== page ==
Wombat Books Blog

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How important is reading with your preschool child?

It’s easy to underestimate how important reading is. As adults, we forget how much we read every day. Whether it’s a text message or the shelf at the supermarket, reading is an essential tool for living in this world of ours.

But surely reading is something that our child will learn in school. Do we really need to tackle it beforehand?

The answer is yes.

If you introduce your child to reading before they start school, you will be giving them a headstart on the other students. If they have the opportunity to look over your shoulder while you are reading it will help them recognise words before they start school. Believe me, they are not just looking at the pictures. They will look at the words too. Think of the extra confidence they will have when they know that they can recognise words that are meaningless to some of their peers.

Many books for children also contain useful morals and can educate your children in how to behave in social situations and give appropriate responses to conflict. Again, this can be a useful tool to learn before they start school, as then they will have strategies for dealing with children outside the family from their first day. Reading is also a fun way to learn about these social and moral issues, and the child stands a better chance of remembering these things than he or she would if you simply talked to them about it.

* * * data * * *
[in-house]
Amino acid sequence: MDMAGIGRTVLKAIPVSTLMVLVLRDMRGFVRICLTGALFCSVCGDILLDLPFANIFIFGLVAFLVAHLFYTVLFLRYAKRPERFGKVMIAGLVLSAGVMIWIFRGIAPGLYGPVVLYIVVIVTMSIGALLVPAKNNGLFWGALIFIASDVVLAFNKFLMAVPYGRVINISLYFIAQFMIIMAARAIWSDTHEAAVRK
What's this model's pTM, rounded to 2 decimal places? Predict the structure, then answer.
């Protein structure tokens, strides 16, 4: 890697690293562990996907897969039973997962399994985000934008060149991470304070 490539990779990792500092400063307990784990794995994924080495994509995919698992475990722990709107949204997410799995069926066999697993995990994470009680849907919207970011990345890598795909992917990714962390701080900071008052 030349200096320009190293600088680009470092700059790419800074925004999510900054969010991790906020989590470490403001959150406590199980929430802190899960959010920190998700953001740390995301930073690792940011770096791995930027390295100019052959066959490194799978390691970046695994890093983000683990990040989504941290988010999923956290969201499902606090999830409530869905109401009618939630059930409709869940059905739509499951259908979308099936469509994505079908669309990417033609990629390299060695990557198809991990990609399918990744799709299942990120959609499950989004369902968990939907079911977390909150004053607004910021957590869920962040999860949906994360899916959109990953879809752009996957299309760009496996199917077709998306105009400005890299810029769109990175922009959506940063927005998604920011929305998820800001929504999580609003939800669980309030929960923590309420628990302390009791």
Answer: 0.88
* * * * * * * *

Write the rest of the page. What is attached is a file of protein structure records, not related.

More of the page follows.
Also, reading with your child will nurture a bond between the two of you. Children enjoy the chance to sit next to Mum or Dad and listen to the soothing tone of their voice as they read to them.

Reading can also be helpful with other things. When I (Lynne Stringer) was toilet training my son, I bought a number of books with stickers of cars, trucks and other vehicles to place on each page. The books also contained a lot of information on the vehicles themselves.

As a result of spending hours with my son reading to him about cars and trucks and putting stickers on a page, by the time he started school his vocabulary and reading skills were far beyond those of his peers. If you try finding books like this on a subject that interests your child they will want to know more and it will encourage them to read just so they can learn.

While it’s hard to find time in our busy lives to read to our children, there are many benefits to doing so. Even if it’s just for ten minutes at bedtime every night, it will provide your child with a firm foundation for the future.

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An interview with Lynne Stringer

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